Reaction of Trump’s Base to Helsinki Is a Forecast of Things to Come

Polls are beginning to show that, while most Americans disapprove of Trump’s performance during the press conference with Putin following their meeting in Helsinki, the president’s base of supporters in the Republican Party approved.

An Axios/SurveyMonkey poll finds that 79 percent of Republicans approved of Trump’s handling of the summit, while 91 percent of Democrats and 62 percent of independents disagreed. In total, that puts overall disapproval at 58 percent, and approval at 40.

A CBS News survey, meanwhile, produces largely similar results…68 percent of Republicans told the network that Trump did a good job in Helsinki, 83 percent of Democrats and 53 percent of independents said he did a bad one.

McKay Coppins reports on the rationalizations that are developing on the right.

Several people pointed me to Jacob Wohl, a Trump booster with a large Twitter following, who had mused just hours earlier, “If Russia assists MAGA Candidates on the internet in this year’s midterms, that’s not the end of the world.” And others re-upped a C-SPAN clip from the day before in which a caller identified as Mary Lou from Connecticut said, “I’ll try not to sound too awful, but I want to thank the Russians for interfering with our election to stop Hillary Clinton from becoming president. That woman has got illusions of grandeur.”…

Skimming #MAGA Twitter, it’s easy to see the outlines of the pro-Russian-meddling argument emerging: America interferes in other countries’ elections, so it can’t be that bad; exposing Democrats’ hacked emails was a victory for transparency; keeping Clinton out of office was so urgent and important that it warranted some foreign intervention.

It is often noted that this is the same Republican base that spent decades fear mongering about the godless communists of the former USSR and hailed their hero Ronald Reagan for calling them the “evil empire.” But it is important to remember that their hero is also credited with ending the communist threat of the Cold War and the that former Soviet Union broke apart. So that is old news.

In the years that followed, the neoconservatives began to rehabilitate the country’s image.

Three decades ago, right-wing French intellectual Jean-Francois Revel published a call to arms entitled “How Democracies Perish,” which quickly became a key text of the neoconservative movement and an ideological blueprint for the Reagan administration. Revel argued that the Soviet Union’s brutality and immunity from internal criticism gave it an inherent advantage over the democratic West — the United States and Europe were too liberal, too open, too humane, too soft to defeat the resolute men of the Iron Curtain.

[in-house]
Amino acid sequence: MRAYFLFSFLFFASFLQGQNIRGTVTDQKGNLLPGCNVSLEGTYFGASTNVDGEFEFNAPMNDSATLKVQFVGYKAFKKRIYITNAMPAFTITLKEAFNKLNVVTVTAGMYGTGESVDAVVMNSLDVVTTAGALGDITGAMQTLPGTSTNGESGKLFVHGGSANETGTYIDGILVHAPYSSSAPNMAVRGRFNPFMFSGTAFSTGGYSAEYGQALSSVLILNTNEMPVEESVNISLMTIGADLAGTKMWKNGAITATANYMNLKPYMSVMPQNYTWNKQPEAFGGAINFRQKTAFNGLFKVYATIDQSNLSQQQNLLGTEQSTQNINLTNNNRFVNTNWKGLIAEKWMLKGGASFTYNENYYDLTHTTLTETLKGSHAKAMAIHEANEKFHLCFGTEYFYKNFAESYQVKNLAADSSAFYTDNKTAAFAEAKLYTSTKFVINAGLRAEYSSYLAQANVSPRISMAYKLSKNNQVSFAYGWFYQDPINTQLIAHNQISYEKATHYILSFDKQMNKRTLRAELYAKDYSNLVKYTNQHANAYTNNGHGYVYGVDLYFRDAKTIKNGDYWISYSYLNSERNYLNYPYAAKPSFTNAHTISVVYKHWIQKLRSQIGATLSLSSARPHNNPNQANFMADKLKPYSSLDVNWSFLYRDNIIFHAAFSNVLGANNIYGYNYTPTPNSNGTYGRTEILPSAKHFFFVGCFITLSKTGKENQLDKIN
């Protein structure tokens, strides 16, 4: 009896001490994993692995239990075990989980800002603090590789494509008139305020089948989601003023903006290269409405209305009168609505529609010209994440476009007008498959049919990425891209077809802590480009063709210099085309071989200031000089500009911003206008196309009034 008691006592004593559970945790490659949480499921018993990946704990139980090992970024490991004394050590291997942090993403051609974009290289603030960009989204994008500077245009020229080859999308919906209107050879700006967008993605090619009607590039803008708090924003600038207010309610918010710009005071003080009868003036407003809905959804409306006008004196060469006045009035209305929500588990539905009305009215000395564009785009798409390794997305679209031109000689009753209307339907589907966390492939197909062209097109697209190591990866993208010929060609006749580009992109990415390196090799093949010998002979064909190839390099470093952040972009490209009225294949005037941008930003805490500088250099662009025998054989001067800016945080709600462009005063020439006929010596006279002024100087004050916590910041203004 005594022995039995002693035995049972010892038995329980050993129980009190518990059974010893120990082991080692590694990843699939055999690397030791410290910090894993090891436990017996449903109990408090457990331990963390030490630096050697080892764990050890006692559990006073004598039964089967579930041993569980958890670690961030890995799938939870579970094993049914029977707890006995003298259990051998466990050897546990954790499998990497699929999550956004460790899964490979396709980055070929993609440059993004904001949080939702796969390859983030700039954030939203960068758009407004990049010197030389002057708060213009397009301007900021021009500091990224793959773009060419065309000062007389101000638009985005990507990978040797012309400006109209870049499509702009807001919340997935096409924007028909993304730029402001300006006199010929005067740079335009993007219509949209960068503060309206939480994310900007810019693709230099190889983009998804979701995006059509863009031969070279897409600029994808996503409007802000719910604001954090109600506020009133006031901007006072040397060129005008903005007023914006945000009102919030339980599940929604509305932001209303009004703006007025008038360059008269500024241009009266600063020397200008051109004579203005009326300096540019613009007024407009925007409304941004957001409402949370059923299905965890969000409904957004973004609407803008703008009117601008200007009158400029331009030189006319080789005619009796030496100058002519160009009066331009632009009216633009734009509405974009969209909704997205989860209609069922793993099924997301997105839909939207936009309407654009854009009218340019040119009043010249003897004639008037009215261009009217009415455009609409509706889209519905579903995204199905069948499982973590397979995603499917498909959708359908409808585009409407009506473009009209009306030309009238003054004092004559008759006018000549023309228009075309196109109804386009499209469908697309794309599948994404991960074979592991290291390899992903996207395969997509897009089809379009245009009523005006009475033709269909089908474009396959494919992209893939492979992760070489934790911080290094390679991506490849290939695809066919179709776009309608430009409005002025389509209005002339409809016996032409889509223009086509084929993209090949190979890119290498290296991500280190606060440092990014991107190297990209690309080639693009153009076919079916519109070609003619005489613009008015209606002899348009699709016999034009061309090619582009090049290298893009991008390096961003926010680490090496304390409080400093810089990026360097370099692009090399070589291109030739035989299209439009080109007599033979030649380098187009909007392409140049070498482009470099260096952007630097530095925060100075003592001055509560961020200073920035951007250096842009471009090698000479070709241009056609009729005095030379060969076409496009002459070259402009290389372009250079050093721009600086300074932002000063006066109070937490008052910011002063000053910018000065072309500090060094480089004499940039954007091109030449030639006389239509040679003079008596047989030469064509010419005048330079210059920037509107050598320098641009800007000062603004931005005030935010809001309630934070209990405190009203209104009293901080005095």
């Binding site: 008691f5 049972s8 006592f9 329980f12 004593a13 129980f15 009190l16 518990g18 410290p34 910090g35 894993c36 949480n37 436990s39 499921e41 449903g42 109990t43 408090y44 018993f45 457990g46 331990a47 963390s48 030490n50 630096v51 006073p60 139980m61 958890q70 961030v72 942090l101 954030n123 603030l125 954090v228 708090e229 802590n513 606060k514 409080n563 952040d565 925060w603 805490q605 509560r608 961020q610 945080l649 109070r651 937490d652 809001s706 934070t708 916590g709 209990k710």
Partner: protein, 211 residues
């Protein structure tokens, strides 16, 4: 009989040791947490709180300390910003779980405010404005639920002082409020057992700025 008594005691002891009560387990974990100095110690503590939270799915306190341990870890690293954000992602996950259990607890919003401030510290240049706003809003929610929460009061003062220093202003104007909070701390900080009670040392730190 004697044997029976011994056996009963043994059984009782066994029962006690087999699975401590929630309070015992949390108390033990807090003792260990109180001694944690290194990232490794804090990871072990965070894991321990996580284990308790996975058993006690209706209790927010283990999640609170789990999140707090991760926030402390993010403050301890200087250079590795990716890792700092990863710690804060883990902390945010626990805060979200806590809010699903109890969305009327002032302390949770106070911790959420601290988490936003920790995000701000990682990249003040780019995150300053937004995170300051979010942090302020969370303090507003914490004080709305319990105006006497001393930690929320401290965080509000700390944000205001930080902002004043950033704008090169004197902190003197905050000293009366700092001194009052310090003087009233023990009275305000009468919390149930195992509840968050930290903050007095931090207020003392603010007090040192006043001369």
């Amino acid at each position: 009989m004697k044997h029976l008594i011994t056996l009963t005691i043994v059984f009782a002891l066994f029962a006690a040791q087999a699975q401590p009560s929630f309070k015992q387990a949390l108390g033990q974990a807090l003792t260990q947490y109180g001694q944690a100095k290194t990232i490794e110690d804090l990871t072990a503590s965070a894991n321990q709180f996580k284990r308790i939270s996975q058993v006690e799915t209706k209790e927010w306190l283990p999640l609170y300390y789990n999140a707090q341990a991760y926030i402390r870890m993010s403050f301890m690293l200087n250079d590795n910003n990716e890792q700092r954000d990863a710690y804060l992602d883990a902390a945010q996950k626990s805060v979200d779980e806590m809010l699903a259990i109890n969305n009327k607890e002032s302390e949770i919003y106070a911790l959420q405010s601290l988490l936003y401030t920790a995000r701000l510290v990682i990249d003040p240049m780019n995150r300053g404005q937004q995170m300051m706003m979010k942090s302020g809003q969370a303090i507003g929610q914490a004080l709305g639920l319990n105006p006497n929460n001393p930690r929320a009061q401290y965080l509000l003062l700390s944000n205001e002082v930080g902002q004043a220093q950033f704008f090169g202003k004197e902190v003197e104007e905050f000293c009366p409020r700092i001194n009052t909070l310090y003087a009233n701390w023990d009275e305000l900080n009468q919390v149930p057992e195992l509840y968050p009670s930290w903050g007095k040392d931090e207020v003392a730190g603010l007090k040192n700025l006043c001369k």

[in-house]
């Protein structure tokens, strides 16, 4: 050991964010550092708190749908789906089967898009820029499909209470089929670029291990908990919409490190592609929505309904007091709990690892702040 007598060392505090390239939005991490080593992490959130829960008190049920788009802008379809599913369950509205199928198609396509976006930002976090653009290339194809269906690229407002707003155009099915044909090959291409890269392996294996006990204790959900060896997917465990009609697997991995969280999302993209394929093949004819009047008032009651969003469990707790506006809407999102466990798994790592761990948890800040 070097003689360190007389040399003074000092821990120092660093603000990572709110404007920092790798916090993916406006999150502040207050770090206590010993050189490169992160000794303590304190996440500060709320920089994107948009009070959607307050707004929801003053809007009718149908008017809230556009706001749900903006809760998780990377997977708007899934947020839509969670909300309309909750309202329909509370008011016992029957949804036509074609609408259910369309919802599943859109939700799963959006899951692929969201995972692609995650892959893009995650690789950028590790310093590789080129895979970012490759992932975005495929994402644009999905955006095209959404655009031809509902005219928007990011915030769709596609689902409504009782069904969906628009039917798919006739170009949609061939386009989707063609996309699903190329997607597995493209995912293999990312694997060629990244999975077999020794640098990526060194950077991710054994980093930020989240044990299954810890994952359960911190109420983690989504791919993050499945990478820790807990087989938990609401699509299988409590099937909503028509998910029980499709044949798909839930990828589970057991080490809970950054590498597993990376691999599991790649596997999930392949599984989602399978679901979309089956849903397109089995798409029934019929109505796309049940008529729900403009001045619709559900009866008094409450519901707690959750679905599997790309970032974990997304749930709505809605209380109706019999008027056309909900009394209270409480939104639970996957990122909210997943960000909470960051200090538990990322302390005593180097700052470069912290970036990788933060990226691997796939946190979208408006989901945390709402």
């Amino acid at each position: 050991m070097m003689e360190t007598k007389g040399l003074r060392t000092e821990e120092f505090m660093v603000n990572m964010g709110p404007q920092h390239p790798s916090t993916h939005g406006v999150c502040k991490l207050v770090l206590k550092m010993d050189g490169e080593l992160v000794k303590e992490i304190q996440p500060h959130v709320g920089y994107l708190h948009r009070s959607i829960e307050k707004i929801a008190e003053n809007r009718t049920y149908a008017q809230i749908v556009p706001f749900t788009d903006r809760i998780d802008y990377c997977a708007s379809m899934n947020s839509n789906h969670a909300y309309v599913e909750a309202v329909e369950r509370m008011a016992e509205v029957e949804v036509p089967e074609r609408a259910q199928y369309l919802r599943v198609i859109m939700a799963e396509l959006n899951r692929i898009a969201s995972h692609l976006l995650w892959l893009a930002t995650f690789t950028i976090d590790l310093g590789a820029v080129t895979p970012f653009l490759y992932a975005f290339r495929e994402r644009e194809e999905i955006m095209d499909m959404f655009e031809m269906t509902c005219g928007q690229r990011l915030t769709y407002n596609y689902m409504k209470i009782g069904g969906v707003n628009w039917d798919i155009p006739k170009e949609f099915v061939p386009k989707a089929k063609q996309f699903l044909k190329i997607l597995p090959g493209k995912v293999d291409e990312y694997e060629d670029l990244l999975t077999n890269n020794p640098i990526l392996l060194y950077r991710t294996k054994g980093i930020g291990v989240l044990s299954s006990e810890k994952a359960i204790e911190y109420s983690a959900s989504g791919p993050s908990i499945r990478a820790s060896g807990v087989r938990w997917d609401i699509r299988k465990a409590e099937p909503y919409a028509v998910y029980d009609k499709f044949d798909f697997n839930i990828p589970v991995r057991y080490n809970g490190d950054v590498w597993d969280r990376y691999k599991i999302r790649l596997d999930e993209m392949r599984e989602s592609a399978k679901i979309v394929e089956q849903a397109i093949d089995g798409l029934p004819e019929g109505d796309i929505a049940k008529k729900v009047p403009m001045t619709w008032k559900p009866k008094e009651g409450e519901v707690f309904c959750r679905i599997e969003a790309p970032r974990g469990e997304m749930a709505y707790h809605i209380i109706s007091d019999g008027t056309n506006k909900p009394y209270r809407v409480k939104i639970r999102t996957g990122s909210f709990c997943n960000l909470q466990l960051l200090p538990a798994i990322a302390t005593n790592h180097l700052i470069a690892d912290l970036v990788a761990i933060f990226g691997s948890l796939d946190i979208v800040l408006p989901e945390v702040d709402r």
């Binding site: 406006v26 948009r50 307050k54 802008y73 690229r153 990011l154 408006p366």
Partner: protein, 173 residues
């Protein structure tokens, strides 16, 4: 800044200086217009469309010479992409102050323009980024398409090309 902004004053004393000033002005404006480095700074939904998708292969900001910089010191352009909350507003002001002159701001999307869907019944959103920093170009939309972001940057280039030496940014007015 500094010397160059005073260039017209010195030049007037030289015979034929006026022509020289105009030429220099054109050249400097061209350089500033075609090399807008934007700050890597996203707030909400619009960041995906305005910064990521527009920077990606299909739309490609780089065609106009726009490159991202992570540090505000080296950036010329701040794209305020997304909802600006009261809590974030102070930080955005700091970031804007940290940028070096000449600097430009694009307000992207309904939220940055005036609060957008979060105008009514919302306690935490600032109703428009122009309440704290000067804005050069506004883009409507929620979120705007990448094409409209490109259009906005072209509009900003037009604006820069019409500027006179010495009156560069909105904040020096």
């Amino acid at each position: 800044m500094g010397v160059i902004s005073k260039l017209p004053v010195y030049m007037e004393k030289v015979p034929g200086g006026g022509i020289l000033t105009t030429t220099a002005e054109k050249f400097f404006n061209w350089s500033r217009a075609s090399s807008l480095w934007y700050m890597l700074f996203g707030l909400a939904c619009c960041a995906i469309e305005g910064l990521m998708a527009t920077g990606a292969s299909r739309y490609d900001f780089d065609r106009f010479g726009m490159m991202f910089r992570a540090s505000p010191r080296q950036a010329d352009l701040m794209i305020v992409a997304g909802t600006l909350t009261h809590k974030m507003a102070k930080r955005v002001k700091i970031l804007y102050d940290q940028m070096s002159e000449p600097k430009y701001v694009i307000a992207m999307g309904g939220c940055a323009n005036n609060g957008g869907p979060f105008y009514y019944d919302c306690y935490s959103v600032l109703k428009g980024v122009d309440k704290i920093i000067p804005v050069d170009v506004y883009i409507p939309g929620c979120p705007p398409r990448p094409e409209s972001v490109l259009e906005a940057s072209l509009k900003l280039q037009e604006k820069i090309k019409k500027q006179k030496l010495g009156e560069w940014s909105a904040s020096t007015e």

“Unlike the Western leadership, which is tormented by remorse and a sense of guilt,” wrote Revel, “Soviet leaders’ consciences are perfectly clear, which allows them to use brute force with utter serenity both to preserve their power at home and to extend it abroad.”

That’s why, when Putin invaded Ukraine, we heard things like, “That’s what you call a leader” from Rudy Giuliani.

Meanwhile, shortly after Vladimir Putin was re-elected in 2012, he initiated a long-term plan to reach out to Republican base voters by mending fences with the Russian Orthodox Church and making remarks like this:

“We can see how many of the Euro-Atlantic countries are actually rejecting their roots, including the Christian values that constitute the basis of Western civilization,” he said at a conference in 2013. “They are denying moral principles and all traditional identities: national, cultural, religious, and even sexual … They are implementing policies that equate large families with same-sex partnerships, belief in God with the belief in Satan.” By succumbing to secularism, he noted on another occasion, the West was trending toward “chaotic darkness” and a “return to a primitive state.”

Those moves brought him the support of white evangelicals like Franklin Graham and, as Casey Michel documented, made Putin the global leader of the Christian right. In addition, Martin recently wrote about how Russia played the long game in its attempts to court the NRA. Finally, I provided some examples of how the same efforts were extended to connect with white nationalists in this country.

The upshot of all of this is that long before Russia took direct action to interfere in the 2016 election, Vladimir Putin was recruiting Donald Trump as an asset and reaching out to white evangelicals, gun rights activists and white nationalists in order to secure the support of the groups that would be central to electing Trump as president.

That is why, when Trump aligns himself with Putin’s goals to the extent that we all point out that he is actually colluding with Russia in front of our eyes, the president’s supporters don’t have a problem with that. They see Putin as an ally against the much bigger threat of Democrats like Hillary Clinton.

If Robert Mueller produces a report documenting a conspiracy between Russia and Trump to influence the 2016 election, this is what will inform the reaction of Trump’s base of supporters. They will simply see it as a smart move on the part of their president.

Nancy LeTourneau

Nancy LeTourneau is a contributing writer for the Washington Monthly. Follow her on Twitter @Smartypants60 .